There is no doubt that 2022, the year preceding the highly anticipated general elections, will definitely be an interesting but busy one for politicians, watchers of political developments and political analysts.
As many discerning Nigerians eagerly await the resolution of the controversial parts (mode of conduct of party primaries) in the Electoral Act as amended by the National Assembly and pending presidential assent, as well as the long-awaited national convention of the governing All Progressives Congress (APC), presidential aspirants have started emerging across political parties, ahead of the 2023 general election.
Many aspirants, who have been, through their body language, trying to express their interest in succeeding President Muhammadu Buhari, are now coming out openly to declare their ambitions.
Though who succeeds Buhari next year remains very unclear and fluid at this time, feelers coming from the power brokers and those who would influence how the parties chose their candidates have given a bit of clarity to who the real contenders are.
Interestingly, and from all indications, the political party amongst the two leading entities that presents a presidential candidate that appeals to stakeholders and voters across party lines will likely win the election.
Last week, within the space of two days, two presidential aspirants, a former Governor of Lagos State and National Leader of the APC, Asiwaju Bola Ahmed Tinubu and the Governor of Ebonyi State, Dave Umahi, told Nigerians they had visited Aso Rock to inform the President of their intentions to contest the presidential election scheduled for February 2023.
Earlier, a former Senate President, Anyim Pius Anyim, had been going round the country for consultations on his interest to succeed Buhari.
Others who have either indicated their interest openly and through proxies include Vice President Yemi Osinbajo; former Vice President Atiku Abubakar; former President of the Senate, Bukola Saraki; former Deputy Governor of the Central Bank of Nigeria, Dr Kingsley Moghalu; Governor Yahaya Bello of Kogi State; Governor Aminu Tambuwal of Sokoto State; Governor Bala Mohammed of Bauchi State; former Kano State governor, Rabiu Kwankwaso; Ekiti State governor, Dr Kayode Fayemi; the Publisher of Ovation Magazine, Dele Momodu; former Abia State governor and Senate Chief Whip, Dr Orji Kalu; Sam Ohuabunwa and former Presidential spokesman, Dr Doyin Okupe. Of all these names, only Bala Mohammed, Kwankwanso and Tambuwal are yet to openly declare their interest.
Although it is too early to say who will emerge victorious or not, certain trends have started emerging to show the contending forces that would test the mettle of the aspirants. A few of these forces are political and geo-political, some are power centres and others are the war chest to fund elections, which is often a do-or-die affair in Nigeria.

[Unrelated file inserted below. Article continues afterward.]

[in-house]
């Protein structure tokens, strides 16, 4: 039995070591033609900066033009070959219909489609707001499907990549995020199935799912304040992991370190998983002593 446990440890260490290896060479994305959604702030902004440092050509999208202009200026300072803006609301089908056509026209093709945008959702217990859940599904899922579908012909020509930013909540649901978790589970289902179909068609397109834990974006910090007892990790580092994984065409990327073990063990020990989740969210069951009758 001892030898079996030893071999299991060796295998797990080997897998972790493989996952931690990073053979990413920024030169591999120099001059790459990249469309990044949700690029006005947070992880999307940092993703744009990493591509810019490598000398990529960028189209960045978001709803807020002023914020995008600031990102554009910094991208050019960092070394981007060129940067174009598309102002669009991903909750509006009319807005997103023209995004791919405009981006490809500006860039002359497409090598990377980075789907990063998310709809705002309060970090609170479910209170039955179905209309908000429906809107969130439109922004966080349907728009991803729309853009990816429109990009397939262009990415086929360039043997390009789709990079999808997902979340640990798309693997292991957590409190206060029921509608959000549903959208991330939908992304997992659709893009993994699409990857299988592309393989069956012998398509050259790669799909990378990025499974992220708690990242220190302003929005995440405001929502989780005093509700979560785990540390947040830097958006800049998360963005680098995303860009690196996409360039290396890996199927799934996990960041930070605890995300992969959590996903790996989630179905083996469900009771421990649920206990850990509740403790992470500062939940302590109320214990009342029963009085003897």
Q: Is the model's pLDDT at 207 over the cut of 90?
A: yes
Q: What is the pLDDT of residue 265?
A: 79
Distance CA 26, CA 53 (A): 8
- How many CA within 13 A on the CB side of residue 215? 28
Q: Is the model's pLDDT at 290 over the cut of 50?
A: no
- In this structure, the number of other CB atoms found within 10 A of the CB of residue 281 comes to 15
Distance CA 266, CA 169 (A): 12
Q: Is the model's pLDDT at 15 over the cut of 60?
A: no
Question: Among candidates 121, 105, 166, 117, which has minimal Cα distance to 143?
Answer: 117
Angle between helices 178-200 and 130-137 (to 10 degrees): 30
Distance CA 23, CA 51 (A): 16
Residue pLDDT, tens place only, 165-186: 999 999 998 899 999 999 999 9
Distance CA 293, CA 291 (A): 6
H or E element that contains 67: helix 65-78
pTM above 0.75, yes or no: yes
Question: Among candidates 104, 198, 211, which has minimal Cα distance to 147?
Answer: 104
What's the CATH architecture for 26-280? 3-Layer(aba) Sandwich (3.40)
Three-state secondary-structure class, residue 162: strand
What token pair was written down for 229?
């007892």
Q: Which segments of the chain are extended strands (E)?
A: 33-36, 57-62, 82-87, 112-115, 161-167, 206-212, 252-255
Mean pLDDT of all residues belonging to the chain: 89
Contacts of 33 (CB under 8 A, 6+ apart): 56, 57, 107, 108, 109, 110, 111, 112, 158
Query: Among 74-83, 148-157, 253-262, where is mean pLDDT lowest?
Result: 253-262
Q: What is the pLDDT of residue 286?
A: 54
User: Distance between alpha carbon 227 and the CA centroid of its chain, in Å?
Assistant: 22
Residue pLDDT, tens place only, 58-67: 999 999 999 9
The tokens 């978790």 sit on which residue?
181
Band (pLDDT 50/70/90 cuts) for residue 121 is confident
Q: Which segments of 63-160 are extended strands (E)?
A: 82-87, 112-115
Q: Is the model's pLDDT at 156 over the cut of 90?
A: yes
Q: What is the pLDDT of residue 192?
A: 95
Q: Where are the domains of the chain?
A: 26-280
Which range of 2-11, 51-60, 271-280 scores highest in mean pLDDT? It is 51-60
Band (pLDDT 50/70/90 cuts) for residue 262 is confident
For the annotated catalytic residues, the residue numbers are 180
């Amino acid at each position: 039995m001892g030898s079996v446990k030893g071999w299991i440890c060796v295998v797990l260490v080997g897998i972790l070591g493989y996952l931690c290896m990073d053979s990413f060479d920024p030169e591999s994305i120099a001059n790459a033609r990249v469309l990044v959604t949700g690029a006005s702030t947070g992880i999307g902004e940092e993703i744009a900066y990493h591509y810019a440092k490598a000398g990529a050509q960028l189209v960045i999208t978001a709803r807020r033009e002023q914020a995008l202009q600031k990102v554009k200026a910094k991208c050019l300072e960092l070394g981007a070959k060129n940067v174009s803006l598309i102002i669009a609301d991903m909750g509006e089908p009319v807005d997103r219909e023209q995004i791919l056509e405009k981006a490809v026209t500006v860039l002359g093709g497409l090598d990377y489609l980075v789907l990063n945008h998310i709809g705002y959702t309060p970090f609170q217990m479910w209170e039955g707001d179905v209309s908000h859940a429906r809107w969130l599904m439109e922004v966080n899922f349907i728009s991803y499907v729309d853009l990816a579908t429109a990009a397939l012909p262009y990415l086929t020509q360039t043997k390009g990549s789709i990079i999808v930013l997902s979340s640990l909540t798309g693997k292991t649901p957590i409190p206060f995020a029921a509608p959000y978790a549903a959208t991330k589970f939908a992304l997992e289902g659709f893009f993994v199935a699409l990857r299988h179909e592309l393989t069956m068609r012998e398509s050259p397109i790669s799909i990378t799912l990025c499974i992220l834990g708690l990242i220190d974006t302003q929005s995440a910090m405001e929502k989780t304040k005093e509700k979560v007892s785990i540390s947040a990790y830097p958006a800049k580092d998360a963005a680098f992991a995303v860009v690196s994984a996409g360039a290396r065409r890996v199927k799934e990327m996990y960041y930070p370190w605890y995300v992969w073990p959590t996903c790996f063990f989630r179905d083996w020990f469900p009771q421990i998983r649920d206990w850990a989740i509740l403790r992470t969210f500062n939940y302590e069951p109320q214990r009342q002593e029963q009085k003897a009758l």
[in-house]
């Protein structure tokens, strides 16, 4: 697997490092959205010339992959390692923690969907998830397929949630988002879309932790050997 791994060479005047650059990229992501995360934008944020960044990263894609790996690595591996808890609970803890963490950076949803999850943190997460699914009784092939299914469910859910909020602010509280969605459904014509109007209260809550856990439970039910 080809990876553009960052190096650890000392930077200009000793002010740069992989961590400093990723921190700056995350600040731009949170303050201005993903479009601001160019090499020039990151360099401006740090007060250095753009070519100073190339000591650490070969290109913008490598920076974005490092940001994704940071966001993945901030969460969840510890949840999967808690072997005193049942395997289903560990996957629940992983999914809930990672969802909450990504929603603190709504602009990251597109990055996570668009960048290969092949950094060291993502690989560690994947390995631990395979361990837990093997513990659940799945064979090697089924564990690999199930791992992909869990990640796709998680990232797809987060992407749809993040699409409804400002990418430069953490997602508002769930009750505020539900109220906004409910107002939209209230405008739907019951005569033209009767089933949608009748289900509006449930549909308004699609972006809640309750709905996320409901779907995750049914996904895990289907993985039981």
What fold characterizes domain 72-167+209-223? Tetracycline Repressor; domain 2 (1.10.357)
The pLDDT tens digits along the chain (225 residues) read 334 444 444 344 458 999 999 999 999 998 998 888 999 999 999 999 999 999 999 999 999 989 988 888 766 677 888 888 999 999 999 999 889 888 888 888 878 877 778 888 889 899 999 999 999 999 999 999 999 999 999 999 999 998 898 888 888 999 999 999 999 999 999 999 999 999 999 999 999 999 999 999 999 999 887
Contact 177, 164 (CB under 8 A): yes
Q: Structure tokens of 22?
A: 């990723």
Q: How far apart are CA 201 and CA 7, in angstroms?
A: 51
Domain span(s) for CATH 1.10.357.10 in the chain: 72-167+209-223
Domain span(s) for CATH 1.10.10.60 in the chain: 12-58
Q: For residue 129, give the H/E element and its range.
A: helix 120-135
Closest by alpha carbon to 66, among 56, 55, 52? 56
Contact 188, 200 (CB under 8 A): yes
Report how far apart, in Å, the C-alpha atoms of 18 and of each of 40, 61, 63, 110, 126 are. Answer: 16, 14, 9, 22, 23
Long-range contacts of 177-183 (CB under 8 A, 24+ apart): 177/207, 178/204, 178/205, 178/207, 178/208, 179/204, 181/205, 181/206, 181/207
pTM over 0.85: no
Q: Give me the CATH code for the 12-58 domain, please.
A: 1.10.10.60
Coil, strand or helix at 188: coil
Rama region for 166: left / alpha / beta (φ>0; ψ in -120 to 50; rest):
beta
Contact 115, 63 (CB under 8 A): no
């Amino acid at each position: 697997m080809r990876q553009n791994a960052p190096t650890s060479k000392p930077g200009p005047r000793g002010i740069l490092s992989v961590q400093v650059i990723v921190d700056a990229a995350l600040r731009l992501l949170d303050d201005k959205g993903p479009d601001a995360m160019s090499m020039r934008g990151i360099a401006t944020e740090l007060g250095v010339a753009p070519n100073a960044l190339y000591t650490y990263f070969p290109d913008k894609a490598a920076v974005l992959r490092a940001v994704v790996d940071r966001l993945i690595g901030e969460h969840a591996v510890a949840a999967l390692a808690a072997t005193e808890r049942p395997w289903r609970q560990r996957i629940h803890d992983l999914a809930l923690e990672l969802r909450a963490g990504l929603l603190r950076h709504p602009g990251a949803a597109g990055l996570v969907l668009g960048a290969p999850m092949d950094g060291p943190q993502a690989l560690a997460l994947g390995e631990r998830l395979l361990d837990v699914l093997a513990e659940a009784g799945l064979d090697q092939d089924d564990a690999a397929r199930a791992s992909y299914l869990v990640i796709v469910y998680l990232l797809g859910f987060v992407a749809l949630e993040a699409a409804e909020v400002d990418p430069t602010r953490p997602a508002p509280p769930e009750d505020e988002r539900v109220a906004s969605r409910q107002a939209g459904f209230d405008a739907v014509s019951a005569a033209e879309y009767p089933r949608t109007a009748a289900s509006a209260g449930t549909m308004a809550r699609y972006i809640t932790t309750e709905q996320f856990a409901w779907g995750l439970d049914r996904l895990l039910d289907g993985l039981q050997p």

In the area of political and geo-political contests, almost all the six zones in the country have challenges that would test and try aspirants and even candidates hoping to succeed President Muhammadu Buhari. For now, 18 parties are known on paper, but in reality, two are active in the public domain and continue to dominate headlines; they are the governing APC and the opposition Peoples Democratic Party, (PDP).
In a year in which both parties will witness the exit of many state governors, who have done second terms in office under their platforms, and lingering controversies over unresolved congresses, the intrigues and power play are aplenty as presidential aspirants will have to take more than a passing interest in ensuing intrigues involved in producing governorship candidates in their localities.
Among the 24 governors on the platform of the APC, only Governor Babajide Sanwo-Olu of Lagos State and his Gombe counterpart, Inuwa Yayaha, will be going for a second term. Both of them emerged in 2019. Also, Ekiti and Osun States will witness off-cycle polls, which all the political parties will contest between June and July, 2022.
APC’s Governor Oluwarotimi Akeredolu of Ondo, who was re-elected in October 2020, still has two years to complete his tenure. For the PDP, only Governor Seyi Makinde of Oyo State and his Adamawa counterpart, Umaru Fintiri, will go for a second term out of the 12 state governors on the party’s platform. They, too, were elected in 2019. PDP’s Governor Duoye Diri of Bayelsa State was sworn into office on February 15, 2020 after the Supreme Court annulled the election of David Lyon of the APC. He still has two years to run. The stakes are high on who succeeds the outgoing governors in almost 30 states of the country.
Moreover, both rival parties are struggling with intra-party crises. The PDP recently overcame its stormy leadership crisis when it successfully organised its national convention to elect new executive officers. The APC, on the other hand, is still grappling with convention-related issues and court cases over the suitability of its interim exco headed by Governor Mai Mala Buni of Yobe State.